From "benefits to beer barons", a collective made up of intellectually disabled Kiwis hopes to gain financial independence by launching their own craft beer label.
Frustrated by the lack of job opportunities six Kāpiti friends decided to become their own bosses by starting The Independence Collective.
One of the members, Janie Martin, joined after handing out 20 CVs into the community and not getting a single reply.
"I've been struggling with trying to get employment and it got to the point where it was just frustrating, and then this came along so I decided to jump on board," she told 1 NEWS.
Along with Janie, Paul Ashton, Cameron Stichbury, Nathan Martin, Tyler Johns and Neville Pugh make up the Independence Collective, who are fundraising to get their first batch of Neville Pale Ale brewed.
"Even though there is a member called Neville, it is not named after him," Nathan told 1 NEWS.
Their first beer has the name Neville because of its uniqueness and distinct characteristics they believe fit with the name.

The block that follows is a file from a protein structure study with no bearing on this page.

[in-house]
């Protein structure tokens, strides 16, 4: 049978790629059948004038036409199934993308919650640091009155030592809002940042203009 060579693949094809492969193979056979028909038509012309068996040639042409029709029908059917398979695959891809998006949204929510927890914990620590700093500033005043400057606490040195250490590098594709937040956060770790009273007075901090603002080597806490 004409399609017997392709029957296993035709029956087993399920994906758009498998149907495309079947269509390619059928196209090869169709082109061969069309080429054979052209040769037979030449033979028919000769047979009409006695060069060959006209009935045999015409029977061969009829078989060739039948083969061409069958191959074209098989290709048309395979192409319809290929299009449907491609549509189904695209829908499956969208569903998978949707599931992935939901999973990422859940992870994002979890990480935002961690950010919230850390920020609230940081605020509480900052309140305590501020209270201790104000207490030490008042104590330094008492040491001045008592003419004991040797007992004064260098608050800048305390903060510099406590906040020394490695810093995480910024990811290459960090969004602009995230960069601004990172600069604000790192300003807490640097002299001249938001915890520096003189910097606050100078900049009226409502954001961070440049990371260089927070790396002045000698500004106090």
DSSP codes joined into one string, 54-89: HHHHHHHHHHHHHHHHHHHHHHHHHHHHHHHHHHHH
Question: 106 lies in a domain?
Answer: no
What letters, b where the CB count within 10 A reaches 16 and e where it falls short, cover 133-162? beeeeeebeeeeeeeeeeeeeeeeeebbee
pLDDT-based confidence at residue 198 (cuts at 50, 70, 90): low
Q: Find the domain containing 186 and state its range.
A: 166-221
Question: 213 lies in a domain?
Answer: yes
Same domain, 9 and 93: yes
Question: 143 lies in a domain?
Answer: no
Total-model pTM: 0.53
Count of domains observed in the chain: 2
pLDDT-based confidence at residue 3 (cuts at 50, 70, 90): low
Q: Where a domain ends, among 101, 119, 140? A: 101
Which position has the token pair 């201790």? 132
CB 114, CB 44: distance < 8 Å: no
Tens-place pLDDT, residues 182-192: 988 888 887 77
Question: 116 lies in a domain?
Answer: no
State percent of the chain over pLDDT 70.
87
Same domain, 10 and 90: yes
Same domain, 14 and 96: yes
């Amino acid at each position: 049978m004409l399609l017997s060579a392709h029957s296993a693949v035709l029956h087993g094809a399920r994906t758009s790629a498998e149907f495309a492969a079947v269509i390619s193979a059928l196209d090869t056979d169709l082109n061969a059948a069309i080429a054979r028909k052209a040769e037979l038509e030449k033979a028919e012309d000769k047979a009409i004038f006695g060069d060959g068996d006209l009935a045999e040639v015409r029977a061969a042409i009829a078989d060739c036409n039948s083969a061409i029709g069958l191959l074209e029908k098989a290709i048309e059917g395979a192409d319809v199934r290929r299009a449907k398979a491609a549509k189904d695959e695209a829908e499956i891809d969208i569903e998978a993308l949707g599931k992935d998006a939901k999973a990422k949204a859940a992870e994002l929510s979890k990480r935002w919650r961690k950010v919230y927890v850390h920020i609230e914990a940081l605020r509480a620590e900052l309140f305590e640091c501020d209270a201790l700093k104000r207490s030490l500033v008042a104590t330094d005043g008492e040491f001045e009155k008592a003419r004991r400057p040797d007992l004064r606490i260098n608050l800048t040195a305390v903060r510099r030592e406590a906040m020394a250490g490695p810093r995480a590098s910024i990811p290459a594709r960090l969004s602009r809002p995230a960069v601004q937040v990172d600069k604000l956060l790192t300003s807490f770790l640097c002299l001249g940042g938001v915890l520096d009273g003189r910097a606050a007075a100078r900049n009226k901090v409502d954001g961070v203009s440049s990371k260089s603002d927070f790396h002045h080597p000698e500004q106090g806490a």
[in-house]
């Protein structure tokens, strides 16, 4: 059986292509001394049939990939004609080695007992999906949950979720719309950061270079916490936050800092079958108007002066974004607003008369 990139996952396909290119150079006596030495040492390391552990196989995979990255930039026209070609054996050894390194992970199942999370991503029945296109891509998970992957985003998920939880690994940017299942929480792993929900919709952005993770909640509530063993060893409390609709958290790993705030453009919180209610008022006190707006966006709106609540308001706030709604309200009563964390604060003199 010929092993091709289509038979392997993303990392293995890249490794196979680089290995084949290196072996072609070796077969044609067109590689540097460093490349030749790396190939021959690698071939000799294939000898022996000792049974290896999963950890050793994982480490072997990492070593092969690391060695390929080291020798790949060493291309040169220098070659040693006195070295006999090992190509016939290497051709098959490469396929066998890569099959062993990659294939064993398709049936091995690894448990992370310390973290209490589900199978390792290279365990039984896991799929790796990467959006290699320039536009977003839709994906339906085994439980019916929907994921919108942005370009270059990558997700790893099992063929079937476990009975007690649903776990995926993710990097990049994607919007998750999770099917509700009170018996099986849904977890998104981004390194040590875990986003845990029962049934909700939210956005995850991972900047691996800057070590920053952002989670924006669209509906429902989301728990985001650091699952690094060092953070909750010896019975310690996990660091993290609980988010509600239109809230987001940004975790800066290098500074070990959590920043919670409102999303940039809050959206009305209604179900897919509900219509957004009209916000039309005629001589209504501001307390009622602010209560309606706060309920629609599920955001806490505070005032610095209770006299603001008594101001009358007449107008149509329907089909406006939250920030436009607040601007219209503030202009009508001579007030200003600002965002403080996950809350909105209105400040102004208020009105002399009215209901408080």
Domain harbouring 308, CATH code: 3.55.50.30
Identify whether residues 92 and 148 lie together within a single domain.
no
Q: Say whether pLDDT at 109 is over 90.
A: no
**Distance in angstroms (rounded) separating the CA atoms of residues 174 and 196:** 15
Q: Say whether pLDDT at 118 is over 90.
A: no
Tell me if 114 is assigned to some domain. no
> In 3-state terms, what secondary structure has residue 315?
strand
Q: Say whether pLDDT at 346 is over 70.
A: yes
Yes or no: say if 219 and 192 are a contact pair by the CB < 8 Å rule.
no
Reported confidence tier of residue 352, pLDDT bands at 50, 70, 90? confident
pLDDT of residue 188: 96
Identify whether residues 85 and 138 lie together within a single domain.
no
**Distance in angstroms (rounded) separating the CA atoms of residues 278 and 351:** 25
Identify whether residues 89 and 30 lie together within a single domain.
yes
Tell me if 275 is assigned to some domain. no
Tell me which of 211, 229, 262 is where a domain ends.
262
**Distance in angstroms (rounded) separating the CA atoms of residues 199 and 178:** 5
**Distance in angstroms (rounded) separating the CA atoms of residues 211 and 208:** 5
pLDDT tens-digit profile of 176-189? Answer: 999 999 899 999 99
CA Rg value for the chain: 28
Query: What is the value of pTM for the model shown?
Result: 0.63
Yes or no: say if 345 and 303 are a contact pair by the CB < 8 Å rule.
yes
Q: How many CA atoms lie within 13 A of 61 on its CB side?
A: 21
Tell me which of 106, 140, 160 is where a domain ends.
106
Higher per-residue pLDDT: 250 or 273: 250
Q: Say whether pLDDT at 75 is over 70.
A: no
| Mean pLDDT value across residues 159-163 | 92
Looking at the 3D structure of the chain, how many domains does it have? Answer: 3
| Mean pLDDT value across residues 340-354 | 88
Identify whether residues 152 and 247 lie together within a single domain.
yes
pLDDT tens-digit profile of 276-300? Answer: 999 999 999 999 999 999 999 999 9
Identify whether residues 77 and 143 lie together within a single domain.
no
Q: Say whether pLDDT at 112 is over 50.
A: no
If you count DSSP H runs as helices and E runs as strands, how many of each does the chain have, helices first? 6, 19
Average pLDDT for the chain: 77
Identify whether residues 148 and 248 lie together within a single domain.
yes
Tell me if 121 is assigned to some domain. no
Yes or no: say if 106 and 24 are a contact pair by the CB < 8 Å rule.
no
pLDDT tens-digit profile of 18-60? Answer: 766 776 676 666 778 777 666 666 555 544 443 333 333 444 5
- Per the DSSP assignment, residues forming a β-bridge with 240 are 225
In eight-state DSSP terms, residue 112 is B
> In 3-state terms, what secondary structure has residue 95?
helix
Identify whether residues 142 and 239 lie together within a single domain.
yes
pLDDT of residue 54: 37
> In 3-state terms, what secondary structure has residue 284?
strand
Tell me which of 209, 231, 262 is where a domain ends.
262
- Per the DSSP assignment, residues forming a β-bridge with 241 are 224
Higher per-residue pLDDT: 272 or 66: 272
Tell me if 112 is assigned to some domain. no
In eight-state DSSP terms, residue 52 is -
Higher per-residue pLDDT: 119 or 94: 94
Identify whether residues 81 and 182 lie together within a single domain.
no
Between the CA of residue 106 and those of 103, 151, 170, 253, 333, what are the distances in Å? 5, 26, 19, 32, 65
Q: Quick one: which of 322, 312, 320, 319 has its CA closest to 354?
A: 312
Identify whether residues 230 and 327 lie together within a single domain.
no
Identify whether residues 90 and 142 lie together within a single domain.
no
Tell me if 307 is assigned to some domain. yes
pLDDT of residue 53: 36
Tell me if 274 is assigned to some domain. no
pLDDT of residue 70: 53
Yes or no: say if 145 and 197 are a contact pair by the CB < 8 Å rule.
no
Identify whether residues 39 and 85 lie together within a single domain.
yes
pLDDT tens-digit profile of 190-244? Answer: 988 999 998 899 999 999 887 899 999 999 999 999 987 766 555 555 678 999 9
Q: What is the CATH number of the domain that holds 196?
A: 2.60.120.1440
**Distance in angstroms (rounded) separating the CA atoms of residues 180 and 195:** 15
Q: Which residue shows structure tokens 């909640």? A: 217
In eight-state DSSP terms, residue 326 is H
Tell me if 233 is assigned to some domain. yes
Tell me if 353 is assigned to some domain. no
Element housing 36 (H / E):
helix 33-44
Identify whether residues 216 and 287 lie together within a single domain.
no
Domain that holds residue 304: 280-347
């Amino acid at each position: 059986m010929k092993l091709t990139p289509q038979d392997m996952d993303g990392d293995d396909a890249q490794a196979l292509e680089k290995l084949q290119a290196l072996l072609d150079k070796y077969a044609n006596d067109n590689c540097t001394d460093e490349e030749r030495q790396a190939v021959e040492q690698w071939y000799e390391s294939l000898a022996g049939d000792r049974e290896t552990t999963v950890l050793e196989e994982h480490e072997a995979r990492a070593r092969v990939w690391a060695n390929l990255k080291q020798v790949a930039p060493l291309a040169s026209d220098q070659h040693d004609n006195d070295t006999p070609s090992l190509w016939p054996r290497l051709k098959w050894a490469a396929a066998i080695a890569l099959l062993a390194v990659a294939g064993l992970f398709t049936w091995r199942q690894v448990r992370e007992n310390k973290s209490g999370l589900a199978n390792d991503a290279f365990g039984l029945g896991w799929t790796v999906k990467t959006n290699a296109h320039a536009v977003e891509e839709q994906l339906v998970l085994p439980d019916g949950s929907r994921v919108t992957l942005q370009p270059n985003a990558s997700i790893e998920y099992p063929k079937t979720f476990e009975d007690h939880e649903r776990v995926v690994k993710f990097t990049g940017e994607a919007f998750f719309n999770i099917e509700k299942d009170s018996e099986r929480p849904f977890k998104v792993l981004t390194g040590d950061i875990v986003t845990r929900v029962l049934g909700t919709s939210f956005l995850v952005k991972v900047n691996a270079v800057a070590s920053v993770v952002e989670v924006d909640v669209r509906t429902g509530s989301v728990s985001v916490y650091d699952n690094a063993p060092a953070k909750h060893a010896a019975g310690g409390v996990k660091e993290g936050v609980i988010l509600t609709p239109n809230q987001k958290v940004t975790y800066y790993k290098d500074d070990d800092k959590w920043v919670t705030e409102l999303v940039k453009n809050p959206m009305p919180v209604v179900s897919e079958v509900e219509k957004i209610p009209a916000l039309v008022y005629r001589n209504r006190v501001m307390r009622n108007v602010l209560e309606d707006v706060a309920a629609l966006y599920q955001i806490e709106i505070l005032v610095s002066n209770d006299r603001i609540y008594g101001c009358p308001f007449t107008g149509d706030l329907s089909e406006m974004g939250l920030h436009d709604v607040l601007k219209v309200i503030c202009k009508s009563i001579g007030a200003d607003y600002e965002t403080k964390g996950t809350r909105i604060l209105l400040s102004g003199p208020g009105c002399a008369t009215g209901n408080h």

The Neville will be brewed at Duncan's Brewery in Paraparaumu, and the group then hope to get it into supermarkets and liquor stores nationwide.
For the friends, The Independence Collective is not about their disabilities, it's about business owners brewing craft beer and selling it among some of the biggest brands in New Zealand.
The fact that they have a disability is secondary to that.
"People see us as people with disabilities, who can't do a lot of stuff, and this is sort of putting it out there that we’ve got disabilities, but, yes we can do a lot of what everyone else can do," said Janie.
In order to make their craft beer dreams come true they launched a Pledgeme campaign, to raise $50,000.
The money will be spent on the development and brew of the first batch of Neville, a small office space, a coolstore, and to buy office furniture and items essential to the running of the business.
After Neville, they hope to launch a second beer, Jolene, as well as their own online fashion label.